The old adage "birds of a feather flock together" is based on the phenomenon that people with similar interests and values are attracted. Your social class can influence both your interests and your values, which makes a difference in your relationships. Although social status is not the only influence on relationships, it does matter, and should be recognized so you can deal with it successfully.

How Social Class Defines Individuals

Social class, as it is referred to in the media and by sociologists, refers to your economic status, or the economic status of your parents. Individuals within a particular social class generally share common experiences, such as a similar level of education and type of work. Although there is great variability within a social class, people who grow up in a particular environment are likely to share the interests and values of their parents or the community in which they were raised.

The Attraction of Common Interests

Whether it is sports, art, outdoor activities, video games or any other interest, enjoying the same things brings people together. Activities that are basically free for everyone, such as watching sports on television, is not affected by social class. But social class can affect your interests. With sports as an example, social class affects your ability to attend professional games or engage in particular sports, such as snow skiing or golfing. While common interests is not the only aspect of a relationship, your interests do have an impact on how you interact with a friend or partner.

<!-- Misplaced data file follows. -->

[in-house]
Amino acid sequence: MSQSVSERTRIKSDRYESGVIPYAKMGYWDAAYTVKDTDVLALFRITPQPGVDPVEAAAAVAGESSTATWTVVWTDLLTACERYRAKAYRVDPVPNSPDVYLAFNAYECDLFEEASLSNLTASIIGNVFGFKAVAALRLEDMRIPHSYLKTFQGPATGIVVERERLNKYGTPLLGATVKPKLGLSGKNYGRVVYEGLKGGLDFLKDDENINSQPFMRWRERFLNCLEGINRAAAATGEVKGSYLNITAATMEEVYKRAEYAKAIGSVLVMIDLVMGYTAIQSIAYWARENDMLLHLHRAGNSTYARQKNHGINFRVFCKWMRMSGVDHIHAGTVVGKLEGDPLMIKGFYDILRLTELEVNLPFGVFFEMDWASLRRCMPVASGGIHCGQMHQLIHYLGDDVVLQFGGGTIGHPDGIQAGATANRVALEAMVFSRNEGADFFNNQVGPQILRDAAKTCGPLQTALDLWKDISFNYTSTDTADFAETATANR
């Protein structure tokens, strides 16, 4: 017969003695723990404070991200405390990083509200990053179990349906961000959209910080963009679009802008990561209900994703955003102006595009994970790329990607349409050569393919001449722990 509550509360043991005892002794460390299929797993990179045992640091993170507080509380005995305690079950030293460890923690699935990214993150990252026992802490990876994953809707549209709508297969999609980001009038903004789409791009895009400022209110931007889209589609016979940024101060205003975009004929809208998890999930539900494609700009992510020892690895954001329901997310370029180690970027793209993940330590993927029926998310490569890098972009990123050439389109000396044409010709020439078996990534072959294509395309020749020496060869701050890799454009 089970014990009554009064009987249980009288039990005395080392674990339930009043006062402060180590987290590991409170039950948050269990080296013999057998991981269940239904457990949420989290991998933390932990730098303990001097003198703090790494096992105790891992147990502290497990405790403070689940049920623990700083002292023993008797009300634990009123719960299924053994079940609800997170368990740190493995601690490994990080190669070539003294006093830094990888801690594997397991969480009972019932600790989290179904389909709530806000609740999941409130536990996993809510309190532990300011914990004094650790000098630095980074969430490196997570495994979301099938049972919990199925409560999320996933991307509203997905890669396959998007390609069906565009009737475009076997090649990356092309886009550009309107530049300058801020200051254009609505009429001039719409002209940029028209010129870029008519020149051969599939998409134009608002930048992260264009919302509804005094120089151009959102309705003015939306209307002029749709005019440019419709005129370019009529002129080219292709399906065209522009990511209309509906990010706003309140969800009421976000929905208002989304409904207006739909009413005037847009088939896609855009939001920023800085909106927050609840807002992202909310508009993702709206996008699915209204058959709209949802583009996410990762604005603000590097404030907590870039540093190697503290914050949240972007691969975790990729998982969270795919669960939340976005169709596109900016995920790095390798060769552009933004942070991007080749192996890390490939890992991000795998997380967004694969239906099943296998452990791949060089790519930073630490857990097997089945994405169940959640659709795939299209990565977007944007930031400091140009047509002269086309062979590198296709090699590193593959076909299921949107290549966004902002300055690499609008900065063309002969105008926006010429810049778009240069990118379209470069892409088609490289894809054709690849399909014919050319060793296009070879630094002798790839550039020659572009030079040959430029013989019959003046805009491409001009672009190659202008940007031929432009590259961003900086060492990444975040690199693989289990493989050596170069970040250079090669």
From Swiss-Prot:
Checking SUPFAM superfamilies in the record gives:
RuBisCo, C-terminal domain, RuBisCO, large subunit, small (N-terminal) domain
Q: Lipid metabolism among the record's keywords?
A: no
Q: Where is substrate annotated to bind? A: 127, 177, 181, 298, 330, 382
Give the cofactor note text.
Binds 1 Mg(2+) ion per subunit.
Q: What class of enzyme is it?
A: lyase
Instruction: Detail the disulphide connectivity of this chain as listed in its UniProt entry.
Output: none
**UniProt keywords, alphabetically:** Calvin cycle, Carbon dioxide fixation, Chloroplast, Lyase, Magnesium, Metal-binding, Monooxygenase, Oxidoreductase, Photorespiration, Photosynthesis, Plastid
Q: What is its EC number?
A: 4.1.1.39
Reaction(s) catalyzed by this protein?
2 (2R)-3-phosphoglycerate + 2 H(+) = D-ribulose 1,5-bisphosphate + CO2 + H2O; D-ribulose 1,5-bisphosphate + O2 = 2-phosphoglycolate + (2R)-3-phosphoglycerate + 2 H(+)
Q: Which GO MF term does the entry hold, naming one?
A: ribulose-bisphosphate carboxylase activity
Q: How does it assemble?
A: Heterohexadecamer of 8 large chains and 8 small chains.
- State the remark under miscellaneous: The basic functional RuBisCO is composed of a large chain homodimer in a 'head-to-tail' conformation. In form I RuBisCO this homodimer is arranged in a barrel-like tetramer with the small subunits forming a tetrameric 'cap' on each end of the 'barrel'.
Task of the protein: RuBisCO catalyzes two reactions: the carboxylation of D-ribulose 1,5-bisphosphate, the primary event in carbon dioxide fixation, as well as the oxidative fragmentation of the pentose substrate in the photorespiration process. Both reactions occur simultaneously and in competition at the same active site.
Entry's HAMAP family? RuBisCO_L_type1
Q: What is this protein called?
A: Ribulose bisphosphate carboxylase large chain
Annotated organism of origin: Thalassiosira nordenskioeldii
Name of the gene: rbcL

The Cement of Common Values

Values are shaped by many influences, such as your family, culture and life experiences. People with similar values often share common political and religious views. These views determine the way you think people should be treated and the kinds of activities you enjoy. Although people from the same social class often share values, people from different social classes can have common values, providing a relationship with a strong basis.

Social Class Potential for Power Plays

Power is powerful in a relationship. Between partners, friends or individuals in a group, power affects the way you interact. Factors such as personality or education can give one person an edge over another, leading to the stronger personality or more highly educated person having more power in the relationship. But of all the factors influencing power in a relationship, social class is a major player. Money matters because money means opportunity. If you are in a relationship with a person from a different social class, be honest with yourself about how you feel about the social status difference, and have heart-to-heart discussions about this difference and its potential impact on how you relate to each other.